Diver Paul Rose, who's presented Oceans and Britain's Secret Seas for the BBC, talks climate change scepticism, being 'rubbish' at school and why there's more to the country's waters than people might think.
What environmental changes have you noticed since you started your own diving career?
My main concern is over-fishing. We’re now fishing in very deep water right down on the continental shelf and we’re damaging habitats we don’t know anything about. Dredging it destroys 1 million square miles of habitat each year. Marine debris is another one – the Pacific rubbish pile is floating around attracting sea birds, that swallow plastic lighters, bottle tops and die. I’ve been diving since 1969 and I see areas that have less marine life than they used to. It’s not all doom and gloom though, the oceans are the least understood ecosystem on the planet and there are thousands of undiscovered species out there.
What inspired your career?
Being rubbish at school. I used to watch Sea Hunt on TV with Lloyd Bridges playing Mike Nelson, a diver who’d rescue downed jet pilots, save people from flooding caves and teach all these beautiful women to dive. I failed my 11-plus and didn’t know anything other than I wanted to be a diver. A geography teacher took us on a trip to a youth hostel in Wales. I was suddenly outside navigating myself around rivers with a map and compass. I discovered being outside and exploring was something I could do and I enjoyed.
What are the highlights of working in the Antarctic as a Base Commander for ten years?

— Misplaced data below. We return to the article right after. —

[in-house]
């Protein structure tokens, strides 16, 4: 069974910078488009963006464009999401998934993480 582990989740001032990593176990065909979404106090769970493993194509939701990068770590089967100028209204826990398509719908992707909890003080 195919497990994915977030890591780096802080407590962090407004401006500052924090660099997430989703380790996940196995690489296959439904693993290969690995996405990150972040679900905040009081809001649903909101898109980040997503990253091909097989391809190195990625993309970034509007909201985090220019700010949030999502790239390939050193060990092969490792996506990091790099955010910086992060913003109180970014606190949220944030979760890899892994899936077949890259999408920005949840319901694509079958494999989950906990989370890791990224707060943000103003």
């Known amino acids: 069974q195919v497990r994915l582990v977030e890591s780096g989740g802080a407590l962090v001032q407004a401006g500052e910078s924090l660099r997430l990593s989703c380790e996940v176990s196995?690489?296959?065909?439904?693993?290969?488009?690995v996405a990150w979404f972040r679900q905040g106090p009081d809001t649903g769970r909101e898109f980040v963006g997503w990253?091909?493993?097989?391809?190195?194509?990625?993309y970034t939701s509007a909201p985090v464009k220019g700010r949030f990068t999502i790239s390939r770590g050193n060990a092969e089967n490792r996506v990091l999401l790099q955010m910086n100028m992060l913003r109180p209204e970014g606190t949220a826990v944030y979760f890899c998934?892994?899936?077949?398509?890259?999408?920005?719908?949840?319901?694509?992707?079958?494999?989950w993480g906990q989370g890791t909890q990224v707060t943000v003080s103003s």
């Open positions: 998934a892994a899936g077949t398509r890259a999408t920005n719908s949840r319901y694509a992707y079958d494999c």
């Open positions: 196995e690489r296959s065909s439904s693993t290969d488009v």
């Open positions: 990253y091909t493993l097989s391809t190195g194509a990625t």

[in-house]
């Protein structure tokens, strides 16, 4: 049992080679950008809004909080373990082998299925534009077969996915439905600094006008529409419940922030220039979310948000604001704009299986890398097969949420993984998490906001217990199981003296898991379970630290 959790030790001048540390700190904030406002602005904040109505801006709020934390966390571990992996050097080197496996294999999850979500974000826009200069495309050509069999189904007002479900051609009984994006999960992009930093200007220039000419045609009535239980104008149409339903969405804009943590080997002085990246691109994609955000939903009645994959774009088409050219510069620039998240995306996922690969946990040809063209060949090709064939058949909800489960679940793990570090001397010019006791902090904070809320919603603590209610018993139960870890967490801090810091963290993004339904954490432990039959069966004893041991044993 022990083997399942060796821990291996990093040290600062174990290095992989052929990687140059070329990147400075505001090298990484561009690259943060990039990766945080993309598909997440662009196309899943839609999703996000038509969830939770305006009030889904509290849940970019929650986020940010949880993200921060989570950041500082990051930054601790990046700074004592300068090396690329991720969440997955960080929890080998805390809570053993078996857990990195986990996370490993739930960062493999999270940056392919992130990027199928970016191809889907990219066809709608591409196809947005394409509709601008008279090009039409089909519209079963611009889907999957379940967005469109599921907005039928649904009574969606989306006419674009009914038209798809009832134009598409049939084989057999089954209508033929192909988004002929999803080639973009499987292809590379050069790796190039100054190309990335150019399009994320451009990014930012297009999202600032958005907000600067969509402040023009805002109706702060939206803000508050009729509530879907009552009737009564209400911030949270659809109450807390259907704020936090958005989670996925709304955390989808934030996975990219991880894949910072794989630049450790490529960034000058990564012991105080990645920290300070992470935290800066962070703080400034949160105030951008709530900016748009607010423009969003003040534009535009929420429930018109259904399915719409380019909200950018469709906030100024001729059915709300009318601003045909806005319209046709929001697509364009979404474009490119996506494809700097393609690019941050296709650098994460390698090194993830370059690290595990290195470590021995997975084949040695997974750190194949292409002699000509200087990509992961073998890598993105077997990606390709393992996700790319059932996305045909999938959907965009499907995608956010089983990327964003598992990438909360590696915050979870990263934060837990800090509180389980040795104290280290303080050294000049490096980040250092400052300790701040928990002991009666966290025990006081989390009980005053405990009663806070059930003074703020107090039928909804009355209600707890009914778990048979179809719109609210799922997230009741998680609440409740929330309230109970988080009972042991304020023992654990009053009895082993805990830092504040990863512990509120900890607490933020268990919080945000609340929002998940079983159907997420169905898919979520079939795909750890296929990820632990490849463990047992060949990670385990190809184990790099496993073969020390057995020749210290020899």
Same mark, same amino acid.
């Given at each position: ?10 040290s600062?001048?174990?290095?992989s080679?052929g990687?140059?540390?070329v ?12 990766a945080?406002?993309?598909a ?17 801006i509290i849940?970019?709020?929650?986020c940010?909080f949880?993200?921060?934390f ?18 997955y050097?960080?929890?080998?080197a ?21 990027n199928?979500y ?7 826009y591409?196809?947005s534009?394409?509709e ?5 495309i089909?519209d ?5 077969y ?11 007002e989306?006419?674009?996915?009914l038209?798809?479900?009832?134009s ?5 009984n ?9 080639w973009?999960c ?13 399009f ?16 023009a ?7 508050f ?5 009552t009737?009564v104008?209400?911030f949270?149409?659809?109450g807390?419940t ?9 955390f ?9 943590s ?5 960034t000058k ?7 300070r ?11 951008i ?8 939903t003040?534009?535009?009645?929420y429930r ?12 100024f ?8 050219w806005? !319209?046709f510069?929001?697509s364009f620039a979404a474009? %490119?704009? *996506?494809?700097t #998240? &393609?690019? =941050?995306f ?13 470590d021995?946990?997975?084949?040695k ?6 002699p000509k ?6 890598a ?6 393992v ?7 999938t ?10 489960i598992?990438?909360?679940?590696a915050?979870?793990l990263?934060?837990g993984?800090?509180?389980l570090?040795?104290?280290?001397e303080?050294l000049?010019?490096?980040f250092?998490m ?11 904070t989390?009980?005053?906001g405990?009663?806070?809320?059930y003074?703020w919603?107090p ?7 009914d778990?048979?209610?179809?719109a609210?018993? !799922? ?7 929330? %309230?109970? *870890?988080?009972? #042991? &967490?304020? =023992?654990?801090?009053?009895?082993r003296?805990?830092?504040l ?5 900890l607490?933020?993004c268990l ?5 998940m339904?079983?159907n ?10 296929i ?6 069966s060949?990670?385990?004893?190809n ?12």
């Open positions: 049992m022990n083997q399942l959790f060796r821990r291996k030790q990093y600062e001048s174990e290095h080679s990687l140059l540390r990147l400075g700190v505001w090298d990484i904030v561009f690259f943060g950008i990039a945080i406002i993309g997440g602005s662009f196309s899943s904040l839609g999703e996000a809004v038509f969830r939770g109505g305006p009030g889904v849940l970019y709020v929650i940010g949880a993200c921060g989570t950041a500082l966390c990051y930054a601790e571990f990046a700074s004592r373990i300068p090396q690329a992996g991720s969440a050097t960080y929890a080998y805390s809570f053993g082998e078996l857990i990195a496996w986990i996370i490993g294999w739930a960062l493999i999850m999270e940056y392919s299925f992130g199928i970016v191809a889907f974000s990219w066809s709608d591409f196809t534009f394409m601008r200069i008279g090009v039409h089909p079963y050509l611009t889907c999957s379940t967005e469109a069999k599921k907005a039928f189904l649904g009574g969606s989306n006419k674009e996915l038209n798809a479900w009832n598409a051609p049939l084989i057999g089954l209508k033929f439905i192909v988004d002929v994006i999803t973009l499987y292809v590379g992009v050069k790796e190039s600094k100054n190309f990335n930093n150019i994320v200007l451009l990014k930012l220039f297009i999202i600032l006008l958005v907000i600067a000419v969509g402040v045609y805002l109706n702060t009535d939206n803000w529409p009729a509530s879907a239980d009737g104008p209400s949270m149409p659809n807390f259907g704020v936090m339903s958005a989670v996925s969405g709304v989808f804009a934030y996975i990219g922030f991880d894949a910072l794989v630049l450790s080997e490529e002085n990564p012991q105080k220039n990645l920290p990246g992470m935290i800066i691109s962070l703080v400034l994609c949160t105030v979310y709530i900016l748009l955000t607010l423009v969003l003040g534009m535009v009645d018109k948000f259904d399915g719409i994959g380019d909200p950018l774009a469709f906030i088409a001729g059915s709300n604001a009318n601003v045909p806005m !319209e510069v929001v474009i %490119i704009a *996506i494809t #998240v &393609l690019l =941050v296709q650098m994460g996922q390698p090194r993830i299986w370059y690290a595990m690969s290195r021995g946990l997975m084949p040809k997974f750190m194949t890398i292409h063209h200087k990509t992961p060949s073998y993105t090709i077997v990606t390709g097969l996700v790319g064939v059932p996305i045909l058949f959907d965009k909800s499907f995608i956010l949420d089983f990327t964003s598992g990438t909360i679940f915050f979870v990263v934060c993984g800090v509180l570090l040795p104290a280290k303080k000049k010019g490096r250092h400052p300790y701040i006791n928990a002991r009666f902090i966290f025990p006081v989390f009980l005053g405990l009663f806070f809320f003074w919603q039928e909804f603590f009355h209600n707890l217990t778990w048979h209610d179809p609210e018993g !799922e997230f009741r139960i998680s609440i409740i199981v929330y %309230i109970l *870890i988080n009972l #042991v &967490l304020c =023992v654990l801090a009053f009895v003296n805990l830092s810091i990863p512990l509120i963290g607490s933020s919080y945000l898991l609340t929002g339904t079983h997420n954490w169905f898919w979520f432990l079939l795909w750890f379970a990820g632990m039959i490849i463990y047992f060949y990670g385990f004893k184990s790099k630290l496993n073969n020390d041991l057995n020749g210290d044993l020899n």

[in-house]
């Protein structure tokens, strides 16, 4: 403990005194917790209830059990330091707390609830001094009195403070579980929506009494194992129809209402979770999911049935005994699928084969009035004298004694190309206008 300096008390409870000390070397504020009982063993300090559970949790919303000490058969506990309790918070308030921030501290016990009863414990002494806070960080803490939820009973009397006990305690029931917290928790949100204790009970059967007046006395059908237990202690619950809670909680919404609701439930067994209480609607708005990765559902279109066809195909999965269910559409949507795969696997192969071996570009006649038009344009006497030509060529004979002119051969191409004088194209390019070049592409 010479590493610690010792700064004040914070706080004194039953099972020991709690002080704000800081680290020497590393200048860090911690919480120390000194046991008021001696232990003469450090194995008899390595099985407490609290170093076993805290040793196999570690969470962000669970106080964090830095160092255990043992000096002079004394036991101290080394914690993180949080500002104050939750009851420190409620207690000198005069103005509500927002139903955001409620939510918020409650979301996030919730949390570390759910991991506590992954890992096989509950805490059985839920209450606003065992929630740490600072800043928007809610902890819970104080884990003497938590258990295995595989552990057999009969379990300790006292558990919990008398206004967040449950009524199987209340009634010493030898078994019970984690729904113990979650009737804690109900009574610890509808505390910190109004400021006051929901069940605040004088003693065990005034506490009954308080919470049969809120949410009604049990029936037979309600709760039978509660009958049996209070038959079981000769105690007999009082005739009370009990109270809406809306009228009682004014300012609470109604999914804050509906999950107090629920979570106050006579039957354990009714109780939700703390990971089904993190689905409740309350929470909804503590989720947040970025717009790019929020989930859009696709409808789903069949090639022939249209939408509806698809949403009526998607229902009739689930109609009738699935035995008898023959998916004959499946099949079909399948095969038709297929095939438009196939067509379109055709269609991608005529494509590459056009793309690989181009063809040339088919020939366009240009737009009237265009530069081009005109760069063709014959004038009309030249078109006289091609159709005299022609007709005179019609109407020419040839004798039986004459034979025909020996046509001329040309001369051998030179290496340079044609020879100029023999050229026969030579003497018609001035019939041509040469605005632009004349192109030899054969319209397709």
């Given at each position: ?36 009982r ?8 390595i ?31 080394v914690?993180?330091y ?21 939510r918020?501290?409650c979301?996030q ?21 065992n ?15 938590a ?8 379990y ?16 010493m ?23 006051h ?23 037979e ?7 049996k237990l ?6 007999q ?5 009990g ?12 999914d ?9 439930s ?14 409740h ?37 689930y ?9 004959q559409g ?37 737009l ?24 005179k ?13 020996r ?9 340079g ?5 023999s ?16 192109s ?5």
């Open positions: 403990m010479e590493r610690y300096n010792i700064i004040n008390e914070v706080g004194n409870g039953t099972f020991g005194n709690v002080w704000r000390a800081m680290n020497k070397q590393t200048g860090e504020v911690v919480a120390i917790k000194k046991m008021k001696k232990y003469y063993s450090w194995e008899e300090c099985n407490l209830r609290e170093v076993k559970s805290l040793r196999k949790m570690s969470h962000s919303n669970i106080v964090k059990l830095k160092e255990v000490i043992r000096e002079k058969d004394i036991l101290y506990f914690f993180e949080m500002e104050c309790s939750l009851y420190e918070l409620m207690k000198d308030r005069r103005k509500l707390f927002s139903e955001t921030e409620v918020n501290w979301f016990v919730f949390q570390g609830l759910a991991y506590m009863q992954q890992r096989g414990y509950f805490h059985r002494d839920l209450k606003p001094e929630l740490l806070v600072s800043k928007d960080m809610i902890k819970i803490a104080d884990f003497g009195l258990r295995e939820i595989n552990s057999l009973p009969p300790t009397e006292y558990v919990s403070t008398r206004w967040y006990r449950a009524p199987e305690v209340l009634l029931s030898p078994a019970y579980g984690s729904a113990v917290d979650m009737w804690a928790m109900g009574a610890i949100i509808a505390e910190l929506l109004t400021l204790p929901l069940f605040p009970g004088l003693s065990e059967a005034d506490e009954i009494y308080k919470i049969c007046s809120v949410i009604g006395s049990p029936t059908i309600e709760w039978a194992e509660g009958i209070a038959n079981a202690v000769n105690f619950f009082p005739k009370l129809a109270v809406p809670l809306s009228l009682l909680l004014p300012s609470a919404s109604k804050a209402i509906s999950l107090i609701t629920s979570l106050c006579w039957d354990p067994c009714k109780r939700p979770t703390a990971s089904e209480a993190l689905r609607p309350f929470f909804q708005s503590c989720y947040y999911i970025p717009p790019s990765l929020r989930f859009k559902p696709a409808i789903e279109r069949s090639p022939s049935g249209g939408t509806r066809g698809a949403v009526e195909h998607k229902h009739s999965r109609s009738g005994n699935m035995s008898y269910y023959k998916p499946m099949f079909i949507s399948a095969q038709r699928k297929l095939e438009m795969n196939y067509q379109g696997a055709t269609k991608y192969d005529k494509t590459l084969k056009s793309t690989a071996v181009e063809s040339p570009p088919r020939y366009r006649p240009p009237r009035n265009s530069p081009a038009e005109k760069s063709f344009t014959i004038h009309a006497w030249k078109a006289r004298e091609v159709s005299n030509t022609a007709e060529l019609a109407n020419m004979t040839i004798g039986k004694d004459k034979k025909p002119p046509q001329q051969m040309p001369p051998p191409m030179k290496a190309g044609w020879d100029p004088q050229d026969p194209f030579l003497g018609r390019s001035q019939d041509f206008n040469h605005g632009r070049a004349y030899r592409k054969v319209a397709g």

Every dive I did was a world first. I’d dive and ask the scientists later what I’d seen and they said: “We don’t know,” because no one had seen it before. I get excited by simple scenery and it’s all pristine there. The 24-hour sunlight and sense of space is amazing.
What does the British Antarctic Survey do there?
Scientists use the Antarctic to understand Earth sciences. We can measure what’s happening with the climate by drilling through the ice and looking at the ice core. You can see lines where the ice changes colour where the industrial revolution started, when nuclear testing started, when Chernobyl happened. We can use that to predict what will happen with climate in the future. You can’t do that anywhere else on Earth where the ice may have been contaminated by habitation.
Does seeing that research yourself leave you frustrated with climate change scepticism?
Yes it does. The scientific community are in consensus about climate change. The main driver is humans. There are nearly 7billion of us and we have to accept that if we’re going to cut down forests and have the industry we need we’re going to affect the planet. Many people look at nature as something there for our use – for medicines, for food, as a bottomless pit for our waste – and it isn’t. The planet isn’t limitless.
Meltdown: A Global Warming Journey. BBC.
Is there anything left to explore?
People have been to the top of Everest and to the bottom of the oceans – but maybe you haven’t. People may have made that journey before you but you can still do and experience if for yourself and maybe find new things.
Did anything surprise you when you made your TV series Britain’s Secret Seas?
The series surprised people because there’s this image of Britain’s waters being murky and gloomy and we showed there’s more to it. The sea squirts off Scotland surprised people. They’re our closest living relative in the oceans because they have vestiges of the same spinal chord we have.
They’re fluorescent at night, which is beautiful, but it’s due to the same protein the medical industry uses to track cancerous cells in humans. I want to show people more things like that – to show how much the ocean ecosystem gives us.
Paul is promoting the WWF’s fundraising sponsored-swim event The Blue Mile on September 4. For more information, go to wwf.org.uk/bluemile